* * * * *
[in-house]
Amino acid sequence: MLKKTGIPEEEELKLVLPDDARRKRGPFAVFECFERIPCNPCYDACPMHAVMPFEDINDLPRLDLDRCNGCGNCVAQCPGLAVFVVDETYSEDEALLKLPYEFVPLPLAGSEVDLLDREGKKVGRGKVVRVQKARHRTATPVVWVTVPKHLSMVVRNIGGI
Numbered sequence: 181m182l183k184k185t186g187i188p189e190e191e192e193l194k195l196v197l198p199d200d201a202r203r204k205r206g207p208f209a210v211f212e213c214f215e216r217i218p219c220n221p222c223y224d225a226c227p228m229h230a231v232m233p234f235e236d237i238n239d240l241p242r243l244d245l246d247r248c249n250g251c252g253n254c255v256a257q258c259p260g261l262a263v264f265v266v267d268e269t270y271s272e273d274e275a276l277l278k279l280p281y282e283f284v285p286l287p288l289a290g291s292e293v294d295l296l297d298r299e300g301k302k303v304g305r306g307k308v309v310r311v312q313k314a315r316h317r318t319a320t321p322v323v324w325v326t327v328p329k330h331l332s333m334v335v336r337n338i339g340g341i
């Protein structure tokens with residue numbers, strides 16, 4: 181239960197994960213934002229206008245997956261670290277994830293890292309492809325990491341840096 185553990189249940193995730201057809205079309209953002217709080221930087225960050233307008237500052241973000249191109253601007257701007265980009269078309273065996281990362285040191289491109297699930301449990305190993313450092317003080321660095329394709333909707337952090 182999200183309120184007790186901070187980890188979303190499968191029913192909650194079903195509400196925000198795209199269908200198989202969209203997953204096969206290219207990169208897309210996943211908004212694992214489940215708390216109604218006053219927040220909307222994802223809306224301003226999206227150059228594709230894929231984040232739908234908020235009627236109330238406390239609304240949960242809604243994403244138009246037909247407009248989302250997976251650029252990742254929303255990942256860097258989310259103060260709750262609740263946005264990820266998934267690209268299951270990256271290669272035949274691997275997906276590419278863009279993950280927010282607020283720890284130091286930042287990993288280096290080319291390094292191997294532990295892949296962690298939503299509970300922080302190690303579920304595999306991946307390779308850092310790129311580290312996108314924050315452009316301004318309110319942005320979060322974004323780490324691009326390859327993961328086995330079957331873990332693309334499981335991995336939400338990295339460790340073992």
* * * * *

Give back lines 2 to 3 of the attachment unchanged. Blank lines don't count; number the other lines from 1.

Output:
Amino acid sequence: MLKKTGIPEEEELKLVLPDDARRKRGPFAVFECFERIPCNPCYDACPMHAVMPFEDINDLPRLDLDRCNGCGNCVAQCPGLAVFVVDETYSEDEALLKLPYEFVPLPLAGSEVDLLDREGKKVGRGKVVRVQKARHRTATPVVWVTVPKHLSMVVRNIGGI
Numbered sequence: 181m182l183k184k185t186g187i188p189e190e191e192e193l194k195l196v197l198p199d200d201a202r203r204k205r206g207p208f209a210v211f212e213c214f215e216r217i218p219c220n221p222c223y224d225a226c227p228m229h230a231v232m233p234f235e236d237i238n239d240l241p242r243l244d245l246d247r248c249n250g251c252g253n254c255v256a257q258c259p260g261l262a263v264f265v266v267d268e269t270y271s272e273d274e275a276l277l278k279l280p281y282e283f284v285p286l287p288l289a290g291s292e293v294d295l296l297d298r299e300g301k302k303v304g305r306g307k308v309v310r311v312q313k314a315r316h317r318t319a320t321p322v323v324w325v326t327v328p329k330h331l332s333m334v335v336r337n338i339g340g341i